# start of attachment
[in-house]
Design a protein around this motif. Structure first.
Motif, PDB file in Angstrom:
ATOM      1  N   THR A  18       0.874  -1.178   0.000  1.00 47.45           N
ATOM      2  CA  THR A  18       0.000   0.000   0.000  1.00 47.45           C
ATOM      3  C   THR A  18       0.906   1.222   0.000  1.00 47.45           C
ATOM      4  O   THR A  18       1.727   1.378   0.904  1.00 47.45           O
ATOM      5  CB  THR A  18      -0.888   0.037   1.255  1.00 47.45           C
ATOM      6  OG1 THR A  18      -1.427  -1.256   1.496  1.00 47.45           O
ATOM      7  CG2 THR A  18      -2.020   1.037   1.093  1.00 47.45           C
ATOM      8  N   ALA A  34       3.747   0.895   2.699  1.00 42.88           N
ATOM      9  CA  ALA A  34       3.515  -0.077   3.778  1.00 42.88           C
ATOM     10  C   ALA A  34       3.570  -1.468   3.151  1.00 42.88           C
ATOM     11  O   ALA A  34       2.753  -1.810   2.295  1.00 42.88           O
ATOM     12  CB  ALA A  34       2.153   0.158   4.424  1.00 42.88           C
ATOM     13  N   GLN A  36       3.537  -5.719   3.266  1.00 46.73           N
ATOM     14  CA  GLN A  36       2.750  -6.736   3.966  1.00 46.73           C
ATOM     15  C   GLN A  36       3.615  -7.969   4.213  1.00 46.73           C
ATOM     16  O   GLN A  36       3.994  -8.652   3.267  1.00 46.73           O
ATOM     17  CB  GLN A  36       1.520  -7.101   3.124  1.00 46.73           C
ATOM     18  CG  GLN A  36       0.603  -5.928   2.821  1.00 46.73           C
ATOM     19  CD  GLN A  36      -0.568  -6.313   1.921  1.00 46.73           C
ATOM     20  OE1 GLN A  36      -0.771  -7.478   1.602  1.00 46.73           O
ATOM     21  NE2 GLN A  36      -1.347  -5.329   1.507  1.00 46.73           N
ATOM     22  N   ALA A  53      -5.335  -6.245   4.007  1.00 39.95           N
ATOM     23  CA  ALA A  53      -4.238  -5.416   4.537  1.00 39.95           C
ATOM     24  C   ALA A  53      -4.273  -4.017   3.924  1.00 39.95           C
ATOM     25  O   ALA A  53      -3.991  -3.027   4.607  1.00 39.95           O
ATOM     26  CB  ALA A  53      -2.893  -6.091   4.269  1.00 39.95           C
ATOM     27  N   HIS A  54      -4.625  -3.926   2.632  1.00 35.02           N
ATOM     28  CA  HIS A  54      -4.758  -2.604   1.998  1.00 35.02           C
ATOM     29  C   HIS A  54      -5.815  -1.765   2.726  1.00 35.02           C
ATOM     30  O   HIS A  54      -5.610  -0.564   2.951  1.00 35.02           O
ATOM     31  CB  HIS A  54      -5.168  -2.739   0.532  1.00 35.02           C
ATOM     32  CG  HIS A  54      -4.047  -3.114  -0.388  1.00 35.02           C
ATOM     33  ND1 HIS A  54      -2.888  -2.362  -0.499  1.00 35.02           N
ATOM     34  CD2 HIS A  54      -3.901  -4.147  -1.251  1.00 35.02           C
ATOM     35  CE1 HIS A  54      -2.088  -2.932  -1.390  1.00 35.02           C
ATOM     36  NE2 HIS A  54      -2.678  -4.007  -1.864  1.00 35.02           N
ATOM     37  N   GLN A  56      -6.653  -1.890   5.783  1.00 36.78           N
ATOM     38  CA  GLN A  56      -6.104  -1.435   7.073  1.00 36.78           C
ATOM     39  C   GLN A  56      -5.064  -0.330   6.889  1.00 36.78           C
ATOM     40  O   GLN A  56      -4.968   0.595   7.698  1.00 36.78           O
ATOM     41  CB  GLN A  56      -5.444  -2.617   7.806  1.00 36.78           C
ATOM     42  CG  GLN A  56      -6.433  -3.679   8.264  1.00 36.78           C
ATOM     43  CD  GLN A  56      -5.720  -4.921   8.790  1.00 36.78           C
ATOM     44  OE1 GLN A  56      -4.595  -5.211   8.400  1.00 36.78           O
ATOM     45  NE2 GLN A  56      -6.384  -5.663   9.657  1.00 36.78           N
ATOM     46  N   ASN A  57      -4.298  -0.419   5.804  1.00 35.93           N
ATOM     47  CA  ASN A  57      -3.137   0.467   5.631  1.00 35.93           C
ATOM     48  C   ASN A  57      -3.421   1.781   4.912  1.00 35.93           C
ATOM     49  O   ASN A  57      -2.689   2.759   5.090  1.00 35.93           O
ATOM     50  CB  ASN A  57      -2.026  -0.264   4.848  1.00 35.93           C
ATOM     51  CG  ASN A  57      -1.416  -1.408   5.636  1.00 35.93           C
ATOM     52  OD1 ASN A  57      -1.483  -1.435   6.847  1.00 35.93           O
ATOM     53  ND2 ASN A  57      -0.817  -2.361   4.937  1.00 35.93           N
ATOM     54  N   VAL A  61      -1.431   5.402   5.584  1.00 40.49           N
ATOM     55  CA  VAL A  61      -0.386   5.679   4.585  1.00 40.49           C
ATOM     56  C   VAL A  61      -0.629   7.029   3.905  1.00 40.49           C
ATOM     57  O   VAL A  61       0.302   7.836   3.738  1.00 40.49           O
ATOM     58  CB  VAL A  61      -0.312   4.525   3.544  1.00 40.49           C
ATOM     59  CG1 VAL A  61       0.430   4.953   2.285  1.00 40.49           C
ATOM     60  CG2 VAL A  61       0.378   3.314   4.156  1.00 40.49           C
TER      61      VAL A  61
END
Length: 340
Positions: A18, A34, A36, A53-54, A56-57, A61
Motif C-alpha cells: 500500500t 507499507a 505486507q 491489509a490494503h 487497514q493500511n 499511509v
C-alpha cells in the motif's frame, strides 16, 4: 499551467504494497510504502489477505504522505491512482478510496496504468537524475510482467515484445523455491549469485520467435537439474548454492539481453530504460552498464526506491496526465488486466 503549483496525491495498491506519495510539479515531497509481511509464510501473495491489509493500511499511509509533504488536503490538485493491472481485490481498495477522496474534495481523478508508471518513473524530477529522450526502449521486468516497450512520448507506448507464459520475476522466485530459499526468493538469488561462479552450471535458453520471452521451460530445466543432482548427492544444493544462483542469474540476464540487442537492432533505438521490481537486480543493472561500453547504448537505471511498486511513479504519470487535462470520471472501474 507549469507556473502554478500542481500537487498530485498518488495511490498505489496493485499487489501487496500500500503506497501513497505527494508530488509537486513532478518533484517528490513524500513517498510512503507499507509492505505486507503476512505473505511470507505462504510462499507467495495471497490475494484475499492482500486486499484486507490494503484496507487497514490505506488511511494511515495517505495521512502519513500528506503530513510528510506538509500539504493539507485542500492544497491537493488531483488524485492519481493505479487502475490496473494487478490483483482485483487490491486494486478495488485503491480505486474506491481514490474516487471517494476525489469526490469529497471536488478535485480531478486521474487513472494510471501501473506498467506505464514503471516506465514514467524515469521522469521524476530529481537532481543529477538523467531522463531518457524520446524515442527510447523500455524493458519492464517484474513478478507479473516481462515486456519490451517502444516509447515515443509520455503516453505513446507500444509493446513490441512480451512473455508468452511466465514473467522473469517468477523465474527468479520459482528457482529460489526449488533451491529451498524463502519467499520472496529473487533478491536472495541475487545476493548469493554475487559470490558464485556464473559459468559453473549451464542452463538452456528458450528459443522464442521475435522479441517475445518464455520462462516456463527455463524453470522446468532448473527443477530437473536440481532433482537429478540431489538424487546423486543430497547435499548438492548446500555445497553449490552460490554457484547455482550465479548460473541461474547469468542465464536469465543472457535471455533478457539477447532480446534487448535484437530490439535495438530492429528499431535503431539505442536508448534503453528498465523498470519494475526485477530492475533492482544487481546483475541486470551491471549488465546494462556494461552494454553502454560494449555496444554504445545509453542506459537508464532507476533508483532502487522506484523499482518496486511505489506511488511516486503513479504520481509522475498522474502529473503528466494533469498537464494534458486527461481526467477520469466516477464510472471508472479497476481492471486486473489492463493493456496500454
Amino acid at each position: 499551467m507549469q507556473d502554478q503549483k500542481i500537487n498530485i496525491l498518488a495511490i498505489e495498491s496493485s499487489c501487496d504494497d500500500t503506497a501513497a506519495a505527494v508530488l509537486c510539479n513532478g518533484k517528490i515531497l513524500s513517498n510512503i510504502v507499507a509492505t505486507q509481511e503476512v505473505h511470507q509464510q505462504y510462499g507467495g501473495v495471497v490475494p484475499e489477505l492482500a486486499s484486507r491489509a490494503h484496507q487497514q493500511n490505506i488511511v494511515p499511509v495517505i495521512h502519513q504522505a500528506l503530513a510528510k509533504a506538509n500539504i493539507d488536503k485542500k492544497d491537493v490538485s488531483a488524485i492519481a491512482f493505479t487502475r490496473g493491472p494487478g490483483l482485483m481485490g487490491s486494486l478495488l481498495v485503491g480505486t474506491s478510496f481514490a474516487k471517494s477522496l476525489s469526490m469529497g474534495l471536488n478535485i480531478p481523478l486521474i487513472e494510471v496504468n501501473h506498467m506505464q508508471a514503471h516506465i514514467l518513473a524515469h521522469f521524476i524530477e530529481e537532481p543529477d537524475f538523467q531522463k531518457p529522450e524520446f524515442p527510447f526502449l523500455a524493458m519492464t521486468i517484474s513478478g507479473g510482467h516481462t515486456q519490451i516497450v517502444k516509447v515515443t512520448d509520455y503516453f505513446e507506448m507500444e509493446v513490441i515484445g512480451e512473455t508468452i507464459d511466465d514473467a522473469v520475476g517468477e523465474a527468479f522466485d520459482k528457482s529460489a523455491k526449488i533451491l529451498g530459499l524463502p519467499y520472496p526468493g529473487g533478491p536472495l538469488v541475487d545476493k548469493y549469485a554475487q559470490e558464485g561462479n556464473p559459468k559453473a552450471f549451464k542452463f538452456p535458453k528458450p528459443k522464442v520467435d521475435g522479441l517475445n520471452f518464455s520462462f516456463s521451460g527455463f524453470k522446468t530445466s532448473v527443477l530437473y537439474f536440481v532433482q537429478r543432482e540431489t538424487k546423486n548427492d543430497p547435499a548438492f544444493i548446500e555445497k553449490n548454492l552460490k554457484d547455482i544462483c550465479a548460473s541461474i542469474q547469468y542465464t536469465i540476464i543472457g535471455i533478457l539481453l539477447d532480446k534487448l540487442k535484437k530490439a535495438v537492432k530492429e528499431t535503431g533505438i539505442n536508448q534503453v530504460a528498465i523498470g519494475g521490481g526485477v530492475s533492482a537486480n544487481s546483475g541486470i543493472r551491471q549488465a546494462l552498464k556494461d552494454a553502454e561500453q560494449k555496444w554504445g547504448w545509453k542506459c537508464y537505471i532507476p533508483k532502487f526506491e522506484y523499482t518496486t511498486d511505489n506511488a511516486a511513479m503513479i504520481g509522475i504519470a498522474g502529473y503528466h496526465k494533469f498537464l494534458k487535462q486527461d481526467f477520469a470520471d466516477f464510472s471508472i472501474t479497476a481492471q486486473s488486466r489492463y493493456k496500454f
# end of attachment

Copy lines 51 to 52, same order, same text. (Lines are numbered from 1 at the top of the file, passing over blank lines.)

ATOM     48  C   ASN A  57      -3.421   1.781   4.912  1.00 35.93           C
ATOM     49  O   ASN A  57      -2.689   2.759   5.090  1.00 35.93           O